No one smiles. It's am emotional world presented in emotionless, static drawings and strange greens and beiges. Nothing is visually beautiful, and while all of this would seem to work against the impact of the story, it ultimately conveys a feeling of overwhelming nervousness, or waking up way too early in the morning and blearily staring into an unfamiliar world, and this is what infects you until it all makes sense. While I would not call Mother a masterpiece, as some have, it works on a level that takes some time to completely sink into, and ends on a weirdly satisfying note.
While there is no violence or profanity present, the theme of suicide and mental illness is prevalent--but treated very, very delicately, almost as if we're children who need to be protected from these aspects of life, much like the protagonist of the story itself. It is not a light read, but it feels much lighter than the works that it seeks to shadow, and should be a welcome addition to any collection.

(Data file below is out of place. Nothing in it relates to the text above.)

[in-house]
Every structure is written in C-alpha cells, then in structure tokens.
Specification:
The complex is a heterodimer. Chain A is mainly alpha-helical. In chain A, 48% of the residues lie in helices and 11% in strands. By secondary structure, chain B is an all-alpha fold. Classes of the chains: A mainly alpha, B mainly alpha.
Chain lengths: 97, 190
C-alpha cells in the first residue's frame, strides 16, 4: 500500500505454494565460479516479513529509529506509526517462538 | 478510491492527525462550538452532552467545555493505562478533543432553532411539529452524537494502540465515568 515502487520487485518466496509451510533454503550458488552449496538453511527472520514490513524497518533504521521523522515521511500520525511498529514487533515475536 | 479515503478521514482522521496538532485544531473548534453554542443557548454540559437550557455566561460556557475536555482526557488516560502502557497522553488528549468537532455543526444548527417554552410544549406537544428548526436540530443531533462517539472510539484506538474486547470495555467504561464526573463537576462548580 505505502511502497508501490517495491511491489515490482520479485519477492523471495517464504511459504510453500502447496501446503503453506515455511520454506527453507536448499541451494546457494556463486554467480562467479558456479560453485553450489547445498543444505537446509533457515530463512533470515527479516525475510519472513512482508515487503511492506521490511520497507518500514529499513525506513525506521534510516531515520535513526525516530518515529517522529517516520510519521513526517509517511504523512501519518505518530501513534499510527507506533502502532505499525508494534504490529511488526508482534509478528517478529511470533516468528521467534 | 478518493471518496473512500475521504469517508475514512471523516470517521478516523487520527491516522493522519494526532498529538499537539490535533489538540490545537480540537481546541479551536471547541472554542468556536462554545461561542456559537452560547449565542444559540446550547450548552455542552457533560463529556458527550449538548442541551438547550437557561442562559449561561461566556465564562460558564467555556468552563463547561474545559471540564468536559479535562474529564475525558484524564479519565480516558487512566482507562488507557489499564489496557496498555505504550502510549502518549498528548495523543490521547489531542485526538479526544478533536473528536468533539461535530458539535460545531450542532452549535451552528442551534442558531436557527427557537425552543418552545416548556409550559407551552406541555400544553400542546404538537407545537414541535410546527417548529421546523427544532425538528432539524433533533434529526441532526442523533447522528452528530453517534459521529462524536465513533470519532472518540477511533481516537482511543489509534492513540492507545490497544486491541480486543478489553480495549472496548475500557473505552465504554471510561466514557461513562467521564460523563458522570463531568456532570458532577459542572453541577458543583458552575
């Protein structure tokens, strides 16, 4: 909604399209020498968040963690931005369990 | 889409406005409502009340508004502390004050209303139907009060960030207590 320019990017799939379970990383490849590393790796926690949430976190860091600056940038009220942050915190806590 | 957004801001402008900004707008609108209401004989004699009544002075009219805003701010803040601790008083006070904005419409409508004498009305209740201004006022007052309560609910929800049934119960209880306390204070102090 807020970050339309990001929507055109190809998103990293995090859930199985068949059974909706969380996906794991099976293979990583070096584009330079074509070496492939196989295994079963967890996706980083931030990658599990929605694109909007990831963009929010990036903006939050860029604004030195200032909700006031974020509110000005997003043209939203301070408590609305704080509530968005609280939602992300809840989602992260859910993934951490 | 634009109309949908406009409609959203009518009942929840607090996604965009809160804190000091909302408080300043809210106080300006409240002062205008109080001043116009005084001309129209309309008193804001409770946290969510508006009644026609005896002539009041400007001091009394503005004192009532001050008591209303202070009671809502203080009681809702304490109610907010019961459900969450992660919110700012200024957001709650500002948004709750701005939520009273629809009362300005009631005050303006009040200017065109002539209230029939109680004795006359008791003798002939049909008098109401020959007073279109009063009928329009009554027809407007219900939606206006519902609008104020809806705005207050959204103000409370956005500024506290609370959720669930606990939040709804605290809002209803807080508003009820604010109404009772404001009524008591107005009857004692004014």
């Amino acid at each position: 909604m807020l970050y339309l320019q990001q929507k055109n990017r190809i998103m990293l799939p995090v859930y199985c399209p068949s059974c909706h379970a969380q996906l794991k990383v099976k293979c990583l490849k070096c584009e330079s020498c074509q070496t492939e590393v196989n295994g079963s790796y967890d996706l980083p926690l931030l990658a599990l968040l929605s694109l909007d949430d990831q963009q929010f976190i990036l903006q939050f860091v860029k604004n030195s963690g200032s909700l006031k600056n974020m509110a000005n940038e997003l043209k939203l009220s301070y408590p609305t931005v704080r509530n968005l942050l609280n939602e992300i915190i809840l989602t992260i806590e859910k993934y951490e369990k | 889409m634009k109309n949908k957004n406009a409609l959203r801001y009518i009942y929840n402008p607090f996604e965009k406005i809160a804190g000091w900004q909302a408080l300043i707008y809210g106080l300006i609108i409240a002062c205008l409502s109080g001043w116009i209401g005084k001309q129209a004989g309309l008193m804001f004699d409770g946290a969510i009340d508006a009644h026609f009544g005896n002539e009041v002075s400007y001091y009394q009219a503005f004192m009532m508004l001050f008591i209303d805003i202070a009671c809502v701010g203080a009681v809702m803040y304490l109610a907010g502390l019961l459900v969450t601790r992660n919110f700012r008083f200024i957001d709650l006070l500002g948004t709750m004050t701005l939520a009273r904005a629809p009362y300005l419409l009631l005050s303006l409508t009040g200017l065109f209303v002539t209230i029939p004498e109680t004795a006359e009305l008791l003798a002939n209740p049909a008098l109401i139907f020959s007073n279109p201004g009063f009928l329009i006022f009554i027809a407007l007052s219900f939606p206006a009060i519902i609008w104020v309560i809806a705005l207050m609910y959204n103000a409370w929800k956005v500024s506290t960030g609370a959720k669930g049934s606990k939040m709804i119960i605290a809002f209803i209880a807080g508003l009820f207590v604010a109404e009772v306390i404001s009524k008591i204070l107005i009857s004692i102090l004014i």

-- Collin David
The story is unremittingly tragic as we initially see the boy standing before his mother's grave wearing the last two gifts she gave him - a red cape and a lion's mask, two items he wears constantly. From then on we see the boy having to grow up and see too much for a child, made all the more difficult as he wears the lion's mask. He tries to keep what little there is left of his childhood only to have to put it aside to help his father. The ending contains a devastating revelation and an even sadder ending.
It's basically one very long and difficult cry of sadness throughout. It's hard to read but equally hard to put down. The vivid colours of everyday scenes and imaginative methods of storytelling contrast bleak, dulled colours of unbridled misery. It's straightforward and a very depressing read.
It's not a sad story, it's a challenging one.